Japan’s celebrity politicians
Posted by ampontan on Wednesday, January 24, 2007
Japanese television this morning was filled with wall-to-wall features on Sonomanma Higashi’s election as governor of Miyazaki Prefecture. (See yesterday’s post for more details.) He may not be the last person the media expected to see elected to an important government position, but his colorful background makes it safe to assume that he wasn’t within hailing distance of the top ten on their list, either.
But Higashikokubaru Hideo (his real name) is by no means the first celebrity to successfully cross over to politics in Japan. He’s just the next in a long line of performers, athletes, or otherwise well-known people to add “politician” to their list of accomplishments on their resume.
Many celebrities turned politician make a beeline for the House of Councilors, the Upper House of the Japanese Diet. The Upper House was created to act as a check on the House of Representatives, or Lower House, where the real power lies. The inaptly named Lower House has the sole authority to select the prime minister, set the budget, ratify treaties, and initiate legislation. The framers of Japan’s constitution seemed to want more mature people to serve as Upper House MPs—they serve fixed terms that are longer than those of their Lower House counterparts, and they have to be older to run for a seat.
That’s the way it is in theory, but that’s not how it turned out in practice. Perhaps because it so seldom exercises real power, the Upper House continues to attract people from outside politics and gives them a pulpit to espouse their pet causes, get free publicity, or both.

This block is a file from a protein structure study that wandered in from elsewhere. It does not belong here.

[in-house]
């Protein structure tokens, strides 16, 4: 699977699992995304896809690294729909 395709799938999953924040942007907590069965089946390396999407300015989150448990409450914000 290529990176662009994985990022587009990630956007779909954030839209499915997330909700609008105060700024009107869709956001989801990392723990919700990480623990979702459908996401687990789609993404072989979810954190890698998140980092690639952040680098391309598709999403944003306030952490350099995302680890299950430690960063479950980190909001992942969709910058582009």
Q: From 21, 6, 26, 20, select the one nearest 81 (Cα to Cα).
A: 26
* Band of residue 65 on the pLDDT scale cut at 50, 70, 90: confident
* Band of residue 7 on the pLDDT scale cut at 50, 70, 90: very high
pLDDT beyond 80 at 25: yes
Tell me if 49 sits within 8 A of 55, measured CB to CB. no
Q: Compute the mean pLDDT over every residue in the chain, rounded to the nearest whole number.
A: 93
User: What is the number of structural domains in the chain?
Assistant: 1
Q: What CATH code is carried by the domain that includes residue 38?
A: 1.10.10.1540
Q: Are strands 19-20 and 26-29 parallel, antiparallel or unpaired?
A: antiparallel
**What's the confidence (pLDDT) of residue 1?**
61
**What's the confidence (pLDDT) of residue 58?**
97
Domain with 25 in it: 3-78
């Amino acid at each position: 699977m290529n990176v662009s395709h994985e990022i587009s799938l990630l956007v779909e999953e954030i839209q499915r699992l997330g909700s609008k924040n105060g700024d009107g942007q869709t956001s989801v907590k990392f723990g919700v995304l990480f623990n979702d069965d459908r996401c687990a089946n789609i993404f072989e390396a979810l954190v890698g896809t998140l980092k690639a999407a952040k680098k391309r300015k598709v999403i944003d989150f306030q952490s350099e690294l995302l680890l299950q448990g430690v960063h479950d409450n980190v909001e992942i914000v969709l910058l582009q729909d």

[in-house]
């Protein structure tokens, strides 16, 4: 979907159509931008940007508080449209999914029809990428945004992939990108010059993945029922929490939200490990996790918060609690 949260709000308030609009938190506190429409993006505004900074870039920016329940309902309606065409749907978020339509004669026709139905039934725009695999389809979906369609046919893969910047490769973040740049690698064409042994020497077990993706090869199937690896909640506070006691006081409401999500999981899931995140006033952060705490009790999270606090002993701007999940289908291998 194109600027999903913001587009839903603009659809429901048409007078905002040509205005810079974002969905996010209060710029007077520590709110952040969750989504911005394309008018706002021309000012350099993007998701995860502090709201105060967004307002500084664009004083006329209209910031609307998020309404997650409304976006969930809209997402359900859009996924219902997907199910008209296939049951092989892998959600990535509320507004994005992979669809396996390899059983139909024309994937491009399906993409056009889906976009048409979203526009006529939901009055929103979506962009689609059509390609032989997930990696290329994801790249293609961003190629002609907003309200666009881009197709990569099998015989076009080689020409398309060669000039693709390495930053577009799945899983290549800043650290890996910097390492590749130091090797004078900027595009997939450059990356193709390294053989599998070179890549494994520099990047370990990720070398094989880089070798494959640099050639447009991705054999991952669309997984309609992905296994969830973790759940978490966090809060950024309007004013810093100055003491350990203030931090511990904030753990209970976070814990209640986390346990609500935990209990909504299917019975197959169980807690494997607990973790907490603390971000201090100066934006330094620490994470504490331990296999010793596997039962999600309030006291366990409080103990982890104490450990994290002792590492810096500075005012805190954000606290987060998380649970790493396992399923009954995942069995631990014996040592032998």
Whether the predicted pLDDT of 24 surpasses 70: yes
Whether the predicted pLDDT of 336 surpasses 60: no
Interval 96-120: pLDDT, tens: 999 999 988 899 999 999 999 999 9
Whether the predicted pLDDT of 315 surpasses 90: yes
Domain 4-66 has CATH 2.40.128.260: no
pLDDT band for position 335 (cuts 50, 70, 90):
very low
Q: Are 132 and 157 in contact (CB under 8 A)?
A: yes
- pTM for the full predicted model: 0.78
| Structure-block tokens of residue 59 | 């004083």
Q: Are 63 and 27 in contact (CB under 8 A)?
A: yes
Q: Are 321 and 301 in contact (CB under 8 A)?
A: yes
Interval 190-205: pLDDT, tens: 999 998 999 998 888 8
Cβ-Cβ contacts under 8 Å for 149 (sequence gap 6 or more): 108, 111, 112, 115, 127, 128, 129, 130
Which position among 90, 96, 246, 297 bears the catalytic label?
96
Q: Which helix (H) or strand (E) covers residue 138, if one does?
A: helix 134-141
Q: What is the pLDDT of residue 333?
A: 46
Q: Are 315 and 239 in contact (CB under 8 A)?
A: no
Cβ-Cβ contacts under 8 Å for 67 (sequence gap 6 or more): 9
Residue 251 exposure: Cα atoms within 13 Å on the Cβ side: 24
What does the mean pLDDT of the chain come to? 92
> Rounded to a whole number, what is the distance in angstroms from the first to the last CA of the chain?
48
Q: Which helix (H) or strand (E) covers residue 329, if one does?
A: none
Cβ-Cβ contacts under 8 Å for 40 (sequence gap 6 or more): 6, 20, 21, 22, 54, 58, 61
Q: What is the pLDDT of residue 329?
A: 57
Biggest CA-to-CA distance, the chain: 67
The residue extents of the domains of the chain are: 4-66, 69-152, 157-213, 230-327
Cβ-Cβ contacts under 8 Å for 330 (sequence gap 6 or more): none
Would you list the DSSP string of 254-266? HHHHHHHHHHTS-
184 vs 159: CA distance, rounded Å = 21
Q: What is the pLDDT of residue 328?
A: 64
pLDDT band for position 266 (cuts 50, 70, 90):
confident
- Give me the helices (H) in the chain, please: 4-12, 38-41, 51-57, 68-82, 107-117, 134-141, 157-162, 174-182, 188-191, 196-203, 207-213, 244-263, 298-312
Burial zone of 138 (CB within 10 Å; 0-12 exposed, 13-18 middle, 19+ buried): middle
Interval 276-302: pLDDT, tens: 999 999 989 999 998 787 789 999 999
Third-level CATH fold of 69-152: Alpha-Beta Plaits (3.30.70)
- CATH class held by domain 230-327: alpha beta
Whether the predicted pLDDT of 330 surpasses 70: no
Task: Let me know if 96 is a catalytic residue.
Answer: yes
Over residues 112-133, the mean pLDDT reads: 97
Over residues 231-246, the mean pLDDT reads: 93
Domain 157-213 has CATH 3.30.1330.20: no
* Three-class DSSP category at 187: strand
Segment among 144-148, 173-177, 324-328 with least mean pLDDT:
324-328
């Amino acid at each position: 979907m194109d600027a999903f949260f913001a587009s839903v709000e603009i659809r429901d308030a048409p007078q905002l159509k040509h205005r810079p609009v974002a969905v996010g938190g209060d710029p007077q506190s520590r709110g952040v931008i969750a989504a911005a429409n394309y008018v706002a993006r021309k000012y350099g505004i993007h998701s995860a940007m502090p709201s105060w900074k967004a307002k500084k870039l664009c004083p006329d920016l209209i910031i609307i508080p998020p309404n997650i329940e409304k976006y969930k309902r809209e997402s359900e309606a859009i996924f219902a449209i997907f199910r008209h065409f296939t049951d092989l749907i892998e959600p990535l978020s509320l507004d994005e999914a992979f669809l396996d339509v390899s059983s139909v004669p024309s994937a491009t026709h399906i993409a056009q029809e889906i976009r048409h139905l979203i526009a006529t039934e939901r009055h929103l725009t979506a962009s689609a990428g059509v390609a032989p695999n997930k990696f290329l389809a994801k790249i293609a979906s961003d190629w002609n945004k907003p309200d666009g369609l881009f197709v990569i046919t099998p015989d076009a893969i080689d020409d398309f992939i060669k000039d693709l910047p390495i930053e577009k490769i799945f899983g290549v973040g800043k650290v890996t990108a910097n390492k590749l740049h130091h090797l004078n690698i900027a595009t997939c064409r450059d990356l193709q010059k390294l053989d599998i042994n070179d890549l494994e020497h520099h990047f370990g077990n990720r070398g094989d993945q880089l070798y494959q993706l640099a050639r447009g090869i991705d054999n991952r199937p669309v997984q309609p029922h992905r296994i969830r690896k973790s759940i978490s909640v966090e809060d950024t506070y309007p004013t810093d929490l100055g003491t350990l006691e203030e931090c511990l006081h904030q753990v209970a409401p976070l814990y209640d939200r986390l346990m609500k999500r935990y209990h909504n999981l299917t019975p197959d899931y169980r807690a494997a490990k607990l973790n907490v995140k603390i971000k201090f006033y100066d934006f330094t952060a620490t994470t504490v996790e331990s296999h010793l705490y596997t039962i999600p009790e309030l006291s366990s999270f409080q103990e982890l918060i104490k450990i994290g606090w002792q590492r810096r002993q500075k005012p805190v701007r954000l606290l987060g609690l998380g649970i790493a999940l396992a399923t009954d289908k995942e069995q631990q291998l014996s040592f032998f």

One was professional wrestler Antonio Inoki (more here), a very popular figure nationwide at the time of his election. Inoki, shown in the first photo, formed the Sports Peace Party (comprised primarily of Antonio Inoki), which later merged with the Democratic Socialists. He was known for his various holds, including the Reverse Indian Death Lock, marrying and divorcing Baisho Mitsuko, one of the most shapely Japanese women of her generation, and getting charged with tax evasion and election law violations. He still shows up on TV occasionally, often putting announcers in some painful wrestling hold or just whacking them outright.
The Upper House also seems to attract former Olympic athletes. It didn’t take long for former Olympic speed skater and bicycle racer Hashimoto Seiko to jump into politics, and Ogiwara Kenji, who won two gold medals as part of Japan’s Nordic combined skiing team, was elected a few years ago. Both are members of the ruling Liberal-Democratic Party.
The body now has another former professional wrestler serving in its ranks—Onita Atsushi, whose claim to fame was being the first wrestler to participate in a “no-rope barbed-wire electric-explosive death match” (which he won). That sounds like just the background one needs for political trench warfare. He also was known for screaming “Fire!” at the top of his lungs. And when you come right down to it, isn’t that the chief occupation of politicians? (Try this for his professional wrestling curriculum vitae.)
Elected to his first term in 2004 was Okinawan roots musician Kina Shokichi. Kina has some goofy ideas (and he also once ran a nightclub called the Chakra), but he seems to be a sharp observer of the political scene:
Some DPJ members, however, look askance at their new colleague, given that some of his views and ideas run counter to DPJ policies, particularly his advocacy of independence for Okinawa.